4 Tips to Overcome Your Fear of Public Speaking

I’ve been terrified of public speaking for most of my life.

In kindergarten, I faked a sore throat to get out of auditioning for The Three Little Pigs, our class play.

In high school, I had a bad habit of nervous giggling when it was my turn to present.

In college, I delivered what was probably the worst speech of all time when I was named president of my honor society—I read directly off the paper with an uncontrollable tremble in my voice.

And in grad school, as a working professional in my twenties, I literally fainted mid-presentation in front of all my classmates. Yes, literally.

So it’s safe to say I’m no stranger to what can go wrong when public speaking, and how scary it can feel getting up in front of a room full of people! But despite every nerve-racking or embarrassing experience I’ve had with public speaking, I was determined to get better, no matter how uncomfortable it made me feel.

The good news? It’s possible. The bad news? There’s no quick fix, but if you’re willing to work through your discomfort, it’s totally worth it. While I’m still a work in progress, here are four things that helped me overcome my fear of public speaking.

1. Acknowledge Your Fear

First, let’s recognize that fear of public speaking is common. According to Psychology Today, approximately 25 percent of people experience fear while public speaking. You’re not alone!

Next, realize that trying to simply “get over” your fear is easier said than done—you probably won’t ever lose that feeling of nervousness before you get up to speak. (And if you do, please bottle your confidence and sell it to me.) Instead, try this piece of advice from one of my favorite professors: Acknowledge your fear and welcome it.

That’s right—welcome your fear and the physiological symptoms that come with it, like a shaky voice, rapid heartbeat or trembling hands. According to the Hormone Health Network, these symptoms all actually responses to adrenaline—your “fight or flight hormone”—and are normal reactions to a stressful situation. So instead of automatically trying to stop these reactions from happening, acknowledge that they exist. You may even say out loud to yourself, “Hello fear, nice to see you again!” Silly? Maybe. But this simple phrase can help reshift your outlook and channel your fear into positive energy.

Then, take proactive steps to manage your usual symptoms. Personally, I’ve found that projecting my voice loudly helps keep it even; deep breaths help slow my heart rate; and grounding my feet or placing my hands on a podium help me avoid trembling in front of a crowd.

For inspiration, check out Joe Kowan’s TedTalk, “How I Beat Stage Fright.” Not only does he acknowledge his crippling stage fright, he makes a song out of it, addressing each symptom that he’s come to recognize. How badass is that?!

2. Dress to Impress

It doesn’t take a rocket scientist to figure out that when you look good, you feel good. But there is actual science which backs this up!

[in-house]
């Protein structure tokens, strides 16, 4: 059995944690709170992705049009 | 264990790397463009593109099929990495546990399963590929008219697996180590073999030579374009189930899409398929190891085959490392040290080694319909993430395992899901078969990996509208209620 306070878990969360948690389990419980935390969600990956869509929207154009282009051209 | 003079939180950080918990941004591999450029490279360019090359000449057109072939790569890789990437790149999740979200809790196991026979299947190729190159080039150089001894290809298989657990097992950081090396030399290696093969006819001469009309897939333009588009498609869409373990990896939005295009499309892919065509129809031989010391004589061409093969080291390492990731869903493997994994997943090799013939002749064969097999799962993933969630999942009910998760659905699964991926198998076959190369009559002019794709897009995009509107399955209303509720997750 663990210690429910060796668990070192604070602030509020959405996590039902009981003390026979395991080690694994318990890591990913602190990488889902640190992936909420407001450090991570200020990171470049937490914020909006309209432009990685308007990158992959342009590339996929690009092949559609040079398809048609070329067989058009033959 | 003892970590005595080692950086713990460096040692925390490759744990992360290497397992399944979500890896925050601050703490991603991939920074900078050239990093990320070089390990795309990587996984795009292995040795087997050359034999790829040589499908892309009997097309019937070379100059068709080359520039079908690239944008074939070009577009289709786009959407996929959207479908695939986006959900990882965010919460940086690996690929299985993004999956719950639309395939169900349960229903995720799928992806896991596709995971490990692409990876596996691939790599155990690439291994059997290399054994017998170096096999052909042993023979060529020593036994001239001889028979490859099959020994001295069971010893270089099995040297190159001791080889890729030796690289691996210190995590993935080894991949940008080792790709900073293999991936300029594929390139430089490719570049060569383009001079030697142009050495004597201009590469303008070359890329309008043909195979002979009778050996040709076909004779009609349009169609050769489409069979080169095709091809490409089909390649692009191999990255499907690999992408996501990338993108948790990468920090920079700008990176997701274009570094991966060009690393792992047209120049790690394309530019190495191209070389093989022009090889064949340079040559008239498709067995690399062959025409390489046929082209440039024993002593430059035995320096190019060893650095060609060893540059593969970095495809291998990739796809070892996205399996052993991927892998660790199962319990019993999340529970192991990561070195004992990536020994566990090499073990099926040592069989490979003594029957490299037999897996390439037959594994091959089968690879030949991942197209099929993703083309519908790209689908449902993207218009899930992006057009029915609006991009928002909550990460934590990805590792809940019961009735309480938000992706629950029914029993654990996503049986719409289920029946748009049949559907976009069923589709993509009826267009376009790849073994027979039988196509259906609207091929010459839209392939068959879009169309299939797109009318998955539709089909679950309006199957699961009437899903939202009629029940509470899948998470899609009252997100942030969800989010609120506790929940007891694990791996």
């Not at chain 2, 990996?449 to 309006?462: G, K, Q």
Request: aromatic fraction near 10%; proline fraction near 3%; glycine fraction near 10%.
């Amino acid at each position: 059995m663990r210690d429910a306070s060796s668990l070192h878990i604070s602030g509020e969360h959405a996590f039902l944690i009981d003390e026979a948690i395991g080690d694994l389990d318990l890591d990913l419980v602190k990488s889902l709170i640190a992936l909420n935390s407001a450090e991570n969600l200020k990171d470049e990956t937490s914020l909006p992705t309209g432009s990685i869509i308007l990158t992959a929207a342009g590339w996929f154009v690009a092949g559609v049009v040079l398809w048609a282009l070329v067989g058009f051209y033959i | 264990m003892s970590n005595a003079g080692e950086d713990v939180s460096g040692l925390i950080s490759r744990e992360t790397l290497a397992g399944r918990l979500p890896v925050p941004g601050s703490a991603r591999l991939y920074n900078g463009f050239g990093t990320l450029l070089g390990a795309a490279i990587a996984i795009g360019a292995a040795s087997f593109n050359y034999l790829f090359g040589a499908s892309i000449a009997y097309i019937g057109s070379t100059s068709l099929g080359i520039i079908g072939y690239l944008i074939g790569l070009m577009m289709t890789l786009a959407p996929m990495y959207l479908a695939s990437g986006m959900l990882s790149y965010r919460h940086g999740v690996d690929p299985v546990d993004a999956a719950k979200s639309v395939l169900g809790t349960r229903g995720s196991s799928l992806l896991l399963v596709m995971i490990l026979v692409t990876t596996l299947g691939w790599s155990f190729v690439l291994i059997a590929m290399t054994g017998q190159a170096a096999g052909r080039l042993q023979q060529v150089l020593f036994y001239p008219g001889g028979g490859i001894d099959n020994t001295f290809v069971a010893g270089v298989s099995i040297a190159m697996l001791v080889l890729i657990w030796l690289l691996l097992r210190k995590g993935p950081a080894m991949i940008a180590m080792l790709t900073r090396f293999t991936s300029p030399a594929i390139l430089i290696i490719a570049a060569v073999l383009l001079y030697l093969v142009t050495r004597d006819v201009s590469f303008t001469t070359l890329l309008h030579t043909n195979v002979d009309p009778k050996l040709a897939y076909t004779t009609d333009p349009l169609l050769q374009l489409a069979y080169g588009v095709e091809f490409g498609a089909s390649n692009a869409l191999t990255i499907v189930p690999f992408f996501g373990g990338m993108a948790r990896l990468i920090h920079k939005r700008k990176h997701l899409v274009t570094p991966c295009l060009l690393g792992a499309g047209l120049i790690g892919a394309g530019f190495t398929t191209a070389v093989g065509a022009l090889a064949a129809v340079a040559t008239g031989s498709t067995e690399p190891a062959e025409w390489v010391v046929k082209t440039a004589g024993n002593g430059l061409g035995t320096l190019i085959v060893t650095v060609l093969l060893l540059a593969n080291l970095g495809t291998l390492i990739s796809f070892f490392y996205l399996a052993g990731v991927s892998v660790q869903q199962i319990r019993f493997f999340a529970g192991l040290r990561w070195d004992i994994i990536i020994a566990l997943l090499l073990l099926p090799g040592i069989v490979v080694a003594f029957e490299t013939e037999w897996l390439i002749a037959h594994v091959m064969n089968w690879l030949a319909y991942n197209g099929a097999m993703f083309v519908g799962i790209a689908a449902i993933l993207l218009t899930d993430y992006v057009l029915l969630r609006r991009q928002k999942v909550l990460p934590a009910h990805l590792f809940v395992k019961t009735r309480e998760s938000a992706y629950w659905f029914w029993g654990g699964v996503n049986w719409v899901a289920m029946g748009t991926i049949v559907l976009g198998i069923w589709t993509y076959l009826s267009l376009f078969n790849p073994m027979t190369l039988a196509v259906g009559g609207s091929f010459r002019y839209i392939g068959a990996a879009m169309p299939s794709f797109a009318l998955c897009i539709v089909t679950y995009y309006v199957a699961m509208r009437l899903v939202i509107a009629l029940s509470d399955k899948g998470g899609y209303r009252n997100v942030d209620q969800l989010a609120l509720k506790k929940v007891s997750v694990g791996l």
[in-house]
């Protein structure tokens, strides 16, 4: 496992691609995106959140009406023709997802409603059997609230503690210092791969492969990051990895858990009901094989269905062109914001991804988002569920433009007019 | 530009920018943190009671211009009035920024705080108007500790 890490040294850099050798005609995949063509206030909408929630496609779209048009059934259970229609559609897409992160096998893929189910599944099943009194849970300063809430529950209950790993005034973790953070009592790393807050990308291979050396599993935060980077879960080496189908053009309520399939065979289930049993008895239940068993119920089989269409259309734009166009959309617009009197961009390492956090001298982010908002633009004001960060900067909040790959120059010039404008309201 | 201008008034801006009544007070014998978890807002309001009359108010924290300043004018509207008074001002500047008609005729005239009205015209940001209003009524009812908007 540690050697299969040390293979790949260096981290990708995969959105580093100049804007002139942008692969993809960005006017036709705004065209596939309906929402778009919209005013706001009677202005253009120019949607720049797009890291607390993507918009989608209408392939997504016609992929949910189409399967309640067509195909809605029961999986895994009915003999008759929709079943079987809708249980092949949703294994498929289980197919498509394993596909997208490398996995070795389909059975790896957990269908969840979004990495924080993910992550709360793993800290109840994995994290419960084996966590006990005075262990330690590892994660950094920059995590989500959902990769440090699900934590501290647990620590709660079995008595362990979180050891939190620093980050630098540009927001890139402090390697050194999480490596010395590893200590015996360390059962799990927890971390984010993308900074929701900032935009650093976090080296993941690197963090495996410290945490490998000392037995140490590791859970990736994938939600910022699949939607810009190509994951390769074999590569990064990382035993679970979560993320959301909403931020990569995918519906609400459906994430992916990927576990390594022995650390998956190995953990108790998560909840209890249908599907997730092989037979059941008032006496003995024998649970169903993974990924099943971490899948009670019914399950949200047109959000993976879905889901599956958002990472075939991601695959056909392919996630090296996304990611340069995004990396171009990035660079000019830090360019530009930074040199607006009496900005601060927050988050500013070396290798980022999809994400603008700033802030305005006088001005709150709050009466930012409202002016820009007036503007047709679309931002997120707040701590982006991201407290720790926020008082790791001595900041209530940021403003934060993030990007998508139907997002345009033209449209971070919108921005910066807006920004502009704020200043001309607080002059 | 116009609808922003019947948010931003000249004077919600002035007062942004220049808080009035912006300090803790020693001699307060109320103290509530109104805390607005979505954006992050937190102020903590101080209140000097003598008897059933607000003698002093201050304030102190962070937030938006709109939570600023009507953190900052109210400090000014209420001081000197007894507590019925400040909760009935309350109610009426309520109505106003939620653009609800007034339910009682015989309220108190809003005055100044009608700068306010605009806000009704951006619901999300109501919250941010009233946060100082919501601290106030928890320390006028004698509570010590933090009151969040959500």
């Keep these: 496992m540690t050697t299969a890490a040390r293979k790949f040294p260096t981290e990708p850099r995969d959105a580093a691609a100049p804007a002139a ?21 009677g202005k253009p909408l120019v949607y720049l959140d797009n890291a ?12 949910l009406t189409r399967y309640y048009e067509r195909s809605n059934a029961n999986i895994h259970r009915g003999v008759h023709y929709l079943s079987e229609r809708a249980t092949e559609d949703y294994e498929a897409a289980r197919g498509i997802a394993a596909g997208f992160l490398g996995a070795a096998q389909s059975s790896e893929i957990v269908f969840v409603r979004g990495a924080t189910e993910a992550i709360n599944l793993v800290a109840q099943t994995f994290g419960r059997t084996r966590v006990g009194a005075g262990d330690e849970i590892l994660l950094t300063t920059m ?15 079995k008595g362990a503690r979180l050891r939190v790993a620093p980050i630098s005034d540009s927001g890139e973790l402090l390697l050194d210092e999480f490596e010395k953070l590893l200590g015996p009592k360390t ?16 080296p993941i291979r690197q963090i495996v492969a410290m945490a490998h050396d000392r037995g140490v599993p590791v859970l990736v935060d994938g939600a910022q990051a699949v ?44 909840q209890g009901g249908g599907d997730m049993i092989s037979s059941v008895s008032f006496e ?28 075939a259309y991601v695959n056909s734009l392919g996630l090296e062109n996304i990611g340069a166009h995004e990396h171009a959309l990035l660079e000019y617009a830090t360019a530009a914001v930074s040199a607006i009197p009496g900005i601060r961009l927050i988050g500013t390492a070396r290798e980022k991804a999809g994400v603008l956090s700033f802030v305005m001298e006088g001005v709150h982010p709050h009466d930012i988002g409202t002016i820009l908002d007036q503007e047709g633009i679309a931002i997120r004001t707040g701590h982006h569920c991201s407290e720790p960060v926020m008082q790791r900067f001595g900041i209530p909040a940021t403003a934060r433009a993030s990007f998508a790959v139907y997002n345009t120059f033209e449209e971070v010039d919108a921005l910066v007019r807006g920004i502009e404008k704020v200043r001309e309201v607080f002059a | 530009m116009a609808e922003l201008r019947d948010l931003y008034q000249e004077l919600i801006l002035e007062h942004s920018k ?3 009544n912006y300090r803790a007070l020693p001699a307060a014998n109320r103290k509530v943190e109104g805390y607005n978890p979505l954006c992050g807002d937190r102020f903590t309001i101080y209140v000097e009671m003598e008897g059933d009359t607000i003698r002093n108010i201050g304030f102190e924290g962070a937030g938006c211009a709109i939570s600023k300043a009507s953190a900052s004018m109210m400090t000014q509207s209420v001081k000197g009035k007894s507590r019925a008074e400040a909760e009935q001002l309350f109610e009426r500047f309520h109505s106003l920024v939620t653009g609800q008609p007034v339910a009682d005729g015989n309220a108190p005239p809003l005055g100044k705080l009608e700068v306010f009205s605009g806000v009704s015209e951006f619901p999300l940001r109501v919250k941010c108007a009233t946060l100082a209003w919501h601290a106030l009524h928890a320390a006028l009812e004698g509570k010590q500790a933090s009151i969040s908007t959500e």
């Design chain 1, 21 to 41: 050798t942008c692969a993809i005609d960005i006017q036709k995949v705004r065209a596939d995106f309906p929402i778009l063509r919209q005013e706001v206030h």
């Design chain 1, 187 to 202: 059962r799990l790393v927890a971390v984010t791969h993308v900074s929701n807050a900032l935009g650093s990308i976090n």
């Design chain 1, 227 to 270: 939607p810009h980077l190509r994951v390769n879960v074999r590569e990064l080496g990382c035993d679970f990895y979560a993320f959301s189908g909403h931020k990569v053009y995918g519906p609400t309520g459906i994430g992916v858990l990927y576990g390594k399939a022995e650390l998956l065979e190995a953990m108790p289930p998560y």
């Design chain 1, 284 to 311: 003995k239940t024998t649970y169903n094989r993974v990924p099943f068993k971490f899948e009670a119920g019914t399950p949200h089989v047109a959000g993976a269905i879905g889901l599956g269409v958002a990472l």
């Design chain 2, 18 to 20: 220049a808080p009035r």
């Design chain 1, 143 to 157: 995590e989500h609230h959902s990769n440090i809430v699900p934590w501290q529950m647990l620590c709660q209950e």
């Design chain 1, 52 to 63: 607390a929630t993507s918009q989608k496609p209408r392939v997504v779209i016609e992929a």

In a 2012 study in the Journal of Experimental Social Psychology, researchers found that people who wore a white coat they believed belonged to a doctor showed an increase in attention, whereas people who wore a white coat they believed belonged to a painter did not. In other words, just the thought of wearing something affiliated with a doctor—a profession that requires extensive education and training—changed people’s behaviors.

Clearly, our brains are tricked easily. Use this to your advantage. If you think success looks like a tailored blazer and skirt, wear that when you’re speaking. If you think the best leaders radiate confidence in jeans and a t-shirt, go for it (dress code permitting).

It’s simple: Dress like a boss B, feel like a boss B, speak like a boss B.

3. Put it in Perspective

In addition to physiological symptoms of fear, you may also experience a rude little voice in your mind saying, “Sit down and shut up before you embarrass yourself. Remember what happened last time?”

That voice, my friends, is a liar. For a long time, I told myself I was bad at public speaking, until I realized something: I wasn’t bad at public speaking; I just didn’t know how to do it!

You wouldn’t expect a surgeon to operate without a medical degree, or a lawyer to practice without passing the Bar, right? So why on earth would you put pressure on yourself to excel at public speaking, if you’ve only done it a few times? That doesn’t make sense, yet for some reason many of us think like this.

Experience and success build confidence in all things, especially public speaking. Repeat that until it’s ingrained in your brain. Which leads us to..

4. Practice, Practice, Practice

I told you there was no quick fix!  You won’t get better at public speaking without practice. And half-assed practice won’t do either; reading over your speech once before bed won’t help you control your fear in front of an audience the next morning.

Rather, your practice needs to be what K. Anders Ericsson, a Swedish psychologist, calls “deliberate practice.” According to a Harvard Business Review article Ericsson co-authored, “Deliberate practice involves two kinds of learning: improving the skills you already have and extending the reach and range of your skills.”

So while it’s good to practice delivering speeches to an empty room, practicing in front of an audience will help you get even better. If you always rely on notecards to get by, continue to practice with them, but try to get familiar enough with your material to speak from memory, too.

To sum it up: Overcoming your fear of public speaking won’t happen overnight, but there are steps you can take to improve. So get out there, say hello to fear, remind yourself that you’re constantly learning, and make a real effort to get better. Oh, and get dressed. Then do it all again. 

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